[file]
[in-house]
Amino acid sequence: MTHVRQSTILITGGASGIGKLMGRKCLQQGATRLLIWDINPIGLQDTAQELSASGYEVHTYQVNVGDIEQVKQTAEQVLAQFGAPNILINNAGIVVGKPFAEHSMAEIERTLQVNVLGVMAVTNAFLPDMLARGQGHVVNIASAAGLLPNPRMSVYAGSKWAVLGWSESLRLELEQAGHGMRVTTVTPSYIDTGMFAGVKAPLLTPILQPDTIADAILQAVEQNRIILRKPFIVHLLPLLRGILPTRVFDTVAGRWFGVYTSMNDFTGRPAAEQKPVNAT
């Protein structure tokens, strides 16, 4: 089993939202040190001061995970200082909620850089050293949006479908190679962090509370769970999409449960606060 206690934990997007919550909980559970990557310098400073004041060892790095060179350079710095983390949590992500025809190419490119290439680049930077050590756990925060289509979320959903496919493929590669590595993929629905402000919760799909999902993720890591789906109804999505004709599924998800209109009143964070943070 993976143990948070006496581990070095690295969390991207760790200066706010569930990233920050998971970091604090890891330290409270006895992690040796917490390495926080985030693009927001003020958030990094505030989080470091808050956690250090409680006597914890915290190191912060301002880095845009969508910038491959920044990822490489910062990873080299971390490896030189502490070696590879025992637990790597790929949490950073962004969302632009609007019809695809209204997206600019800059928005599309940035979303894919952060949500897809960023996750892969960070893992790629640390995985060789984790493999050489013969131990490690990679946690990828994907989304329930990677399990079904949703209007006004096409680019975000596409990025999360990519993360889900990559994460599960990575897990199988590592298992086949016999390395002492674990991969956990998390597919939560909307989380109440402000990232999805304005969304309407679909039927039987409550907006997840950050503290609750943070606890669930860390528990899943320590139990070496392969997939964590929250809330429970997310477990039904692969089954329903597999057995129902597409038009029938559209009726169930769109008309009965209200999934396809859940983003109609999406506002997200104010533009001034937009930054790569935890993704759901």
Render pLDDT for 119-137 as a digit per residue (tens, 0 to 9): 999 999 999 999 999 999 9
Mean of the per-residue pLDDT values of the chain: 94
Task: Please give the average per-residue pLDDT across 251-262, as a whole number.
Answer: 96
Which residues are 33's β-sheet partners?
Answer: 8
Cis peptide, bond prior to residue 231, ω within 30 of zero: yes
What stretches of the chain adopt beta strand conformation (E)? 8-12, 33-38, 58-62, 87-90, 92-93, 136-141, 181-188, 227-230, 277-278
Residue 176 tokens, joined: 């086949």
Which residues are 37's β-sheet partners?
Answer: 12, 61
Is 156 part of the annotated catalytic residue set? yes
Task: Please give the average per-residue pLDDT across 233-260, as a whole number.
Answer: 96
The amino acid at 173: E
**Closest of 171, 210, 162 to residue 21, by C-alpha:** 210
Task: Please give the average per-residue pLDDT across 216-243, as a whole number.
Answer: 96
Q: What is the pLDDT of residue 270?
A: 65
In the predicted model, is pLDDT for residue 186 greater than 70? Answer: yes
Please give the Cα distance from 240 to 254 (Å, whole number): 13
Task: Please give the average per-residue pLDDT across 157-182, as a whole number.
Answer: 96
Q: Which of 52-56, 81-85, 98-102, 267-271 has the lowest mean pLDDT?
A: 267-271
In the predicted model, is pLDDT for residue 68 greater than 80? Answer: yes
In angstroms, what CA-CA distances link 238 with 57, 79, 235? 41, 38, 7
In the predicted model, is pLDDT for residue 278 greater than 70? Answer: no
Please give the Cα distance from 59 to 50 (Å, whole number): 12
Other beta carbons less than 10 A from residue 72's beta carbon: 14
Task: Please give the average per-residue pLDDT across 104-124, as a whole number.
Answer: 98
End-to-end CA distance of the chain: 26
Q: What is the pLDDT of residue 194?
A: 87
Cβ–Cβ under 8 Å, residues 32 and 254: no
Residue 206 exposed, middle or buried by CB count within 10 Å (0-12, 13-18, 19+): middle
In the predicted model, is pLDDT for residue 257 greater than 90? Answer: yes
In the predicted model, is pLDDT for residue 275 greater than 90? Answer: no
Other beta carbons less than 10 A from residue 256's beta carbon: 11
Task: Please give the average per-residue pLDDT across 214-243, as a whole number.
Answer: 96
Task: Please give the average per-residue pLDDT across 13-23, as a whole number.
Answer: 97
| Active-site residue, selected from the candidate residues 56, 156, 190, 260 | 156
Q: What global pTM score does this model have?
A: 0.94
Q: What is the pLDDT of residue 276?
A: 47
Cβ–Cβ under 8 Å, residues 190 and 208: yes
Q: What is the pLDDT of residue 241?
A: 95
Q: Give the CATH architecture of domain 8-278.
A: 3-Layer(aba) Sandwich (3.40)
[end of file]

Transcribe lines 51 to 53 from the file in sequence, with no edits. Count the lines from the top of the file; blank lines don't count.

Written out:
A: 0.94
Q: What is the pLDDT of residue 276?
A: 47